When we spend any time in Alamosa we are usually planning to ride the Rio Grande Scenic RR which goes from there to LaVeta and back. We didn't do that this year but the Great Sand Dunes National Park is right next door and we hadn't been there for years so we decided to go on a hike or two nearby.
First we tried the Zapata Falls National Recreation Area. The hike require 3 miles on a very rough road. Although we have owned 4-wheel drive trucks for years, that isn't to go on rough roads but because they have a better resale value in Colorado. This wasn't a jeep road--there were lots of passenger cars. But it was very rough. I drove it anyway, in our brand new truck. (It was so trying, I asked John to drive back down after the hike.)
This is what the road looks like, once you enter the Zapata Falls area.
The trail to the falls was rocky but a good, short 1/2 mile walk. When we reached the river, the water was high and fast.
The best way to view the falls is to wade in the water but there is also a bridge that gives you a view without getting wet. Looking at that water, I had no intention of wading up to the falls. Where is the bridge?
It looks like I might get stuck in this tree, trying to get up that close to the waterfall.
I did get through, reaching a point we could see these folks up ahead in the creek.
People coming back after wading to the falls said they were up to their knees in the cold, rushing water. Neither of us were interested so we never did see the falls. I stole the picture below from the National Park website. Really wish we could have seen it in person.
On our way back down from the trail head, we saw this truck and small trailer that apparently decided he didn't want to continue on to the campground that is next to the trail. We thought he had good sense.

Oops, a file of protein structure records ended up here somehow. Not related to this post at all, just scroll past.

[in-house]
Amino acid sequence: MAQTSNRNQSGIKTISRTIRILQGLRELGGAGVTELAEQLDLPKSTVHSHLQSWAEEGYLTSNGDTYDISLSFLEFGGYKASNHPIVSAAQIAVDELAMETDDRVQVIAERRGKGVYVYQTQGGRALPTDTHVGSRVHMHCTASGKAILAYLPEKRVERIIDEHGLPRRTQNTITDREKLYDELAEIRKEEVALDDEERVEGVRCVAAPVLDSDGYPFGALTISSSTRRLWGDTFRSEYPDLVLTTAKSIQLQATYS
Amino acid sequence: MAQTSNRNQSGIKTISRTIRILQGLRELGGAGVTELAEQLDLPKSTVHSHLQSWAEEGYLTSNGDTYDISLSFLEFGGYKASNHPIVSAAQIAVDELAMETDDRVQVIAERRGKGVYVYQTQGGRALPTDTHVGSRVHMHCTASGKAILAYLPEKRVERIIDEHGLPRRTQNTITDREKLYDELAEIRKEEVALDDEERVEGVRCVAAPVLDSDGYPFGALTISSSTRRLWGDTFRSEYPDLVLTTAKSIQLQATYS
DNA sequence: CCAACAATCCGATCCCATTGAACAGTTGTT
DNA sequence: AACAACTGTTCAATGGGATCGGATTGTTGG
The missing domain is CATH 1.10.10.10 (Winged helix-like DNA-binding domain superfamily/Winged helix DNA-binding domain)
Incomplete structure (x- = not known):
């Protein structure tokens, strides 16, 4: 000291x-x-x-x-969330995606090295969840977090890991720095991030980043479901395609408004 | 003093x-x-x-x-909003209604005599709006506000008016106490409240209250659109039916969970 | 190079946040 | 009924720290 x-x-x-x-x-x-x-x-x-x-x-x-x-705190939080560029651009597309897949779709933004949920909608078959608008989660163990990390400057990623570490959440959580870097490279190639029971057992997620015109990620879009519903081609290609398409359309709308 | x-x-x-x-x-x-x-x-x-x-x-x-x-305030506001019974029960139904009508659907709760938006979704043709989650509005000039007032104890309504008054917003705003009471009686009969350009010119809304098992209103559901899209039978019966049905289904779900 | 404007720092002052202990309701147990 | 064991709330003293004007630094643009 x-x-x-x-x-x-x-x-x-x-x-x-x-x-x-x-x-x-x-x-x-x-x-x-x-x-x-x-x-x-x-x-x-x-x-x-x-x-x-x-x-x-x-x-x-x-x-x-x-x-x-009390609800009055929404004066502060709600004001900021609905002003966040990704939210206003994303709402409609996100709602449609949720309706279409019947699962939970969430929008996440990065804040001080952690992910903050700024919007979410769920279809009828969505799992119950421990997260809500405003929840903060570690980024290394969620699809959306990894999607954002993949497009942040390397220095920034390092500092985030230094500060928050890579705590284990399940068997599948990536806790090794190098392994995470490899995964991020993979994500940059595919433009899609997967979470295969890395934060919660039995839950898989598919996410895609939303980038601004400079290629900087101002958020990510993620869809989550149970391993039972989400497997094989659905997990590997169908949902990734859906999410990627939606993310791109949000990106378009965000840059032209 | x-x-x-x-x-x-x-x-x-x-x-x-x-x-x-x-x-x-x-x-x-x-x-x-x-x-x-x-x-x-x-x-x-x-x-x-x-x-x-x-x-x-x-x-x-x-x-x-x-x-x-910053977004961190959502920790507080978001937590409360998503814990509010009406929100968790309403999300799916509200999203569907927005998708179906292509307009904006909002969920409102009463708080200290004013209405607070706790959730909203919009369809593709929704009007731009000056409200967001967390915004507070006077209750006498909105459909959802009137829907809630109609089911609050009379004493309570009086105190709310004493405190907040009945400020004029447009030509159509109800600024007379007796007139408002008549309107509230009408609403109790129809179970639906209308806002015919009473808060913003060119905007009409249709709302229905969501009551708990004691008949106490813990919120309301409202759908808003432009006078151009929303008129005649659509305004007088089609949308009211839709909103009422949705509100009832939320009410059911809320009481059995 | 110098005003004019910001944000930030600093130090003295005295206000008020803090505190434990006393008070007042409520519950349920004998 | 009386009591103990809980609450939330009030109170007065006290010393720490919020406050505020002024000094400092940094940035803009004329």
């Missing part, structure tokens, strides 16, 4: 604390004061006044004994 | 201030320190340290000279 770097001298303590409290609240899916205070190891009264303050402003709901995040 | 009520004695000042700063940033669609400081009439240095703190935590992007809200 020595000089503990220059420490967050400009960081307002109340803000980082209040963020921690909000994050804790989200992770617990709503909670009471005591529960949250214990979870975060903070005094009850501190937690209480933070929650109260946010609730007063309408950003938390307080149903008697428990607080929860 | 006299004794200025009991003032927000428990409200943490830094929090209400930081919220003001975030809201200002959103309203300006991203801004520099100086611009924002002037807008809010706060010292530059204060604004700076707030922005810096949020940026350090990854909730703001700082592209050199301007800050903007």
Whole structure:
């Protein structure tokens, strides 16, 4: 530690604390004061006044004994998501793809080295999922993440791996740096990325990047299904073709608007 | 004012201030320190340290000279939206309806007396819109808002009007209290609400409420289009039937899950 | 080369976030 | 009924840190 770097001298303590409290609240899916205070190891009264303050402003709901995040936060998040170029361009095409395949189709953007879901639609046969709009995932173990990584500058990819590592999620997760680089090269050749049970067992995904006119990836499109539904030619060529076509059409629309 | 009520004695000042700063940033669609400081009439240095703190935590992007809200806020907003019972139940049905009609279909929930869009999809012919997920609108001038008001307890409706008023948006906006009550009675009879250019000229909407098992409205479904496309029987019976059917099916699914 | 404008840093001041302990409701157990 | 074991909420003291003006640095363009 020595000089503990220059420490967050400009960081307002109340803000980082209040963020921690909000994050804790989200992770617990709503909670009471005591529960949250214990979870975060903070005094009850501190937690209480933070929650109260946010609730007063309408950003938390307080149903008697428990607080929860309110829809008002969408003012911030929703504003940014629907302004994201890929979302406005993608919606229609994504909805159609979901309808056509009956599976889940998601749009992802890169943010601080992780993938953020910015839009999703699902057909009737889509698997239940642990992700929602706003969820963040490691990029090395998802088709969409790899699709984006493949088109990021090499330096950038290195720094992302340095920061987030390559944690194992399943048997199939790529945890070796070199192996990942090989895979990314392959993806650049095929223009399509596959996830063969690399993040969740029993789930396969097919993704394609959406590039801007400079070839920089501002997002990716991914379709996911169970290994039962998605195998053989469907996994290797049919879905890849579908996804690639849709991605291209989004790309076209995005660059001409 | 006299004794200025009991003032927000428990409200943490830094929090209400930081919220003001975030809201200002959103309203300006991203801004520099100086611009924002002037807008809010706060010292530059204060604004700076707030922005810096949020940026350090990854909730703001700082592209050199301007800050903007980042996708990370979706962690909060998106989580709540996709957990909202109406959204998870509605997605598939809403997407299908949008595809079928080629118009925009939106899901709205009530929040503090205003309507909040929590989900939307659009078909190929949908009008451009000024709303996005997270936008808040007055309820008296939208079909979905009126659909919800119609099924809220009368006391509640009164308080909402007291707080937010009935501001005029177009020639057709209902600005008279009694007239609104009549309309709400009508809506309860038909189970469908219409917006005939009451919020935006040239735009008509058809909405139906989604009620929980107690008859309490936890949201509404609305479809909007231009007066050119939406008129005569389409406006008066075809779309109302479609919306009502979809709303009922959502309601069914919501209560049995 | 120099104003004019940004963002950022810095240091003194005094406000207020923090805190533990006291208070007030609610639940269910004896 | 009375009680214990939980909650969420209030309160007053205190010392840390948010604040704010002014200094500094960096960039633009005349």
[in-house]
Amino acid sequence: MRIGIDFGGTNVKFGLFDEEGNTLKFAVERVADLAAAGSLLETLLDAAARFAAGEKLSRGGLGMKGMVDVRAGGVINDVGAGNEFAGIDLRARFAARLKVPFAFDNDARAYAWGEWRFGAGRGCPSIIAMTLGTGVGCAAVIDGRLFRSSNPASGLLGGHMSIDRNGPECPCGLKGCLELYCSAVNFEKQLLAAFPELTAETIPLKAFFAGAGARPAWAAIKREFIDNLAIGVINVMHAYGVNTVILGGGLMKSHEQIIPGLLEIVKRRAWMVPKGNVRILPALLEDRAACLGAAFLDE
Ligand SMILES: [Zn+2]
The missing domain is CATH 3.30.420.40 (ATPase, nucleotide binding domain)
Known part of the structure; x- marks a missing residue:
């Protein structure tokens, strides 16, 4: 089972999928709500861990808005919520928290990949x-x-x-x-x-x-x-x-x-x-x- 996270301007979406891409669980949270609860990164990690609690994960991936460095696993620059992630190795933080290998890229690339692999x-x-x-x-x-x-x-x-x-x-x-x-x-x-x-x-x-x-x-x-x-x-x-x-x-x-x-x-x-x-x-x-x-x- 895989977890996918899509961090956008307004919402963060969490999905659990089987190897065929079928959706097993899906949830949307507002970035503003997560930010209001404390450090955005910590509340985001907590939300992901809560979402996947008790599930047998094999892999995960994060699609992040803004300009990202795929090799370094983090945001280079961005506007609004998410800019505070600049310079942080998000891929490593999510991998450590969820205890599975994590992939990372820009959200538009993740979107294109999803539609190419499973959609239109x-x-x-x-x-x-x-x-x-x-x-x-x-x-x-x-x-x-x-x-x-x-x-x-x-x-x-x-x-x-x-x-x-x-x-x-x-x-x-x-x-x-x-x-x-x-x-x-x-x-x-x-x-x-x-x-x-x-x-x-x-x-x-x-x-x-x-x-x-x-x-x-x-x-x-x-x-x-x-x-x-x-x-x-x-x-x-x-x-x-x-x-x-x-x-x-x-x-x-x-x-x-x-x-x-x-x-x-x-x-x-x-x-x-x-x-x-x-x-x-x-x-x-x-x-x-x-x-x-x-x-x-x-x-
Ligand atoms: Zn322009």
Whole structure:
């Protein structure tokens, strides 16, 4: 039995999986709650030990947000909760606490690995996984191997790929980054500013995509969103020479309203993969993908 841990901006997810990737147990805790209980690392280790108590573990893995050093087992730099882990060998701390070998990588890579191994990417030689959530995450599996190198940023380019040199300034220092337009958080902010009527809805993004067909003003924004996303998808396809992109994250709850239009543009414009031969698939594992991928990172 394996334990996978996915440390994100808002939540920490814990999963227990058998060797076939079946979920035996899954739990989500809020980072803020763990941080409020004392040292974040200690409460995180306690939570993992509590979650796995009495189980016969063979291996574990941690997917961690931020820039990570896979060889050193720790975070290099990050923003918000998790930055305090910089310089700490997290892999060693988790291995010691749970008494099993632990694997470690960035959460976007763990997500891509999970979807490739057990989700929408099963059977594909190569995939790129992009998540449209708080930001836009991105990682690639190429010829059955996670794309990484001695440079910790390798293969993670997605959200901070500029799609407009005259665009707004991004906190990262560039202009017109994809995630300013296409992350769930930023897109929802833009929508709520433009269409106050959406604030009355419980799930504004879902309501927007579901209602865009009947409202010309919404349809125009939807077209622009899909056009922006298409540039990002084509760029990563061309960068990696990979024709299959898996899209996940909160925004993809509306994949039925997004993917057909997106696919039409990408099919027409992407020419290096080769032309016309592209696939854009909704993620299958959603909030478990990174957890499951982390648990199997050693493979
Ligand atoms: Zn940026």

On the 4th of July we hiked in the forested part of the Great Sand Dunes before taking a look at the dunes. We went on the Mosca Pass trail, turning around after about 2 miles. It took us through great high Colorado mountain terrain with aspen and conifer trees. We went into the Sangre de Cristo Wilderness Area.
There was a small stream running along the trail.
When we finished that hike, we drove to the Visitor Center at the Great Sand Dunes. We haven't been there for years and years, but we know we don't like walking the the sand. Our first trip there was in the late 1970s with our sons Doug and Eric and nephew Craig. At that time, the Medano Creek was running in front of the dunes. We saw that again on the 4th. Just look at all those people! And if you look carefully at the line of people climbing up the sand ridge in the center of the photos, it almost looks like the Alaskan image of people on the Chilkoot Trail.
We had some good views of the sand dunes both days.